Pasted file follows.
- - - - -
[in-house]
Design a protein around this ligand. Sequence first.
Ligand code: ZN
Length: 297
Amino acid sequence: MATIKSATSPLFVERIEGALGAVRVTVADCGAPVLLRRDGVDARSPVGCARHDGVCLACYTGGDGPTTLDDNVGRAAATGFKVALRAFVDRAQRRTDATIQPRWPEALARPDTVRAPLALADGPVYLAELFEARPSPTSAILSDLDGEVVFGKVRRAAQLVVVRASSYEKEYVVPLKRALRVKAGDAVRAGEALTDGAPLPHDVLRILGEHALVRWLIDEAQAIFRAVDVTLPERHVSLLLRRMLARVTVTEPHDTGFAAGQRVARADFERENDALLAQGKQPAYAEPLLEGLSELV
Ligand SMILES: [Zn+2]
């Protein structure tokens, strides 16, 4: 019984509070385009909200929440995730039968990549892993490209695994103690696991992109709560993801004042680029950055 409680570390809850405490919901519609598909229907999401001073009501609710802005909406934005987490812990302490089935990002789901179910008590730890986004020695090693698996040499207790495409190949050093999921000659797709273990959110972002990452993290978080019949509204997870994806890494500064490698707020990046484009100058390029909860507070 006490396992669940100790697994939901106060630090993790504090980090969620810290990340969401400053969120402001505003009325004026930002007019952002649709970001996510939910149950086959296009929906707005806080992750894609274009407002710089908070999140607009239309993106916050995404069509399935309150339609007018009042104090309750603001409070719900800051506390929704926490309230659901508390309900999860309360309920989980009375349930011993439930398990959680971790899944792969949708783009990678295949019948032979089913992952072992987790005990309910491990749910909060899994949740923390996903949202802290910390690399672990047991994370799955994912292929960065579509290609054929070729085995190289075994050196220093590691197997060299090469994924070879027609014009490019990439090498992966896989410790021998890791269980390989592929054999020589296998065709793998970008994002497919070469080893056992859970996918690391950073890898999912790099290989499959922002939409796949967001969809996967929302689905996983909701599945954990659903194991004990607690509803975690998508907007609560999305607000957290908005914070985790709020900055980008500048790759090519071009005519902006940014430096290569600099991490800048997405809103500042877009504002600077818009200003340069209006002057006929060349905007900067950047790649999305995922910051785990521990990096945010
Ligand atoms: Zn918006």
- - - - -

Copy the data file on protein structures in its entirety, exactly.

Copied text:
[in-house]
Design a protein around this ligand. Sequence first.
Ligand code: ZN
Length: 297
Amino acid sequence: MATIKSATSPLFVERIEGALGAVRVTVADCGAPVLLRRDGVDARSPVGCARHDGVCLACYTGGDGPTTLDDNVGRAAATGFKVALRAFVDRAQRRTDATIQPRWPEALARPDTVRAPLALADGPVYLAELFEARPSPTSAILSDLDGEVVFGKVRRAAQLVVVRASSYEKEYVVPLKRALRVKAGDAVRAGEALTDGAPLPHDVLRILGEHALVRWLIDEAQAIFRAVDVTLPERHVSLLLRRMLARVTVTEPHDTGFAAGQRVARADFERENDALLAQGKQPAYAEPLLEGLSELV
Ligand SMILES: [Zn+2]
């Protein structure tokens, strides 16, 4: 019984509070385009909200929440995730039968990549892993490209695994103690696991992109709560993801004042680029950055 409680570390809850405490919901519609598909229907999401001073009501609710802005909406934005987490812990302490089935990002789901179910008590730890986004020695090693698996040499207790495409190949050093999921000659797709273990959110972002990452993290978080019949509204997870994806890494500064490698707020990046484009100058390029909860507070 006490396992669940100790697994939901106060630090993790504090980090969620810290990340969401400053969120402001505003009325004026930002007019952002649709970001996510939910149950086959296009929906707005806080992750894609274009407002710089908070999140607009239309993106916050995404069509399935309150339609007018009042104090309750603001409070719900800051506390929704926490309230659901508390309900999860309360309920989980009375349930011993439930398990959680971790899944792969949708783009990678295949019948032979089913992952072992987790005990309910491990749910909060899994949740923390996903949202802290910390690399672990047991994370799955994912292929960065579509290609054929070729085995190289075994050196220093590691197997060299090469994924070879027609014009490019990439090498992966896989410790021998890791269980390989592929054999020589296998065709793998970008994002497919070469080893056992859970996918690391950073890898999912790099290989499959922002939409796949967001969809996967929302689905996983909701599945954990659903194991004990607690509803975690998508907007609560999305607000957290908005914070985790709020900055980008500048790759090519071009005519902006940014430096290569600099991490800048997405809103500042877009504002600077818009200003340069209006002057006929060349905007900067950047790649999305995922910051785990521990990096945010
Ligand atoms: Zn918006």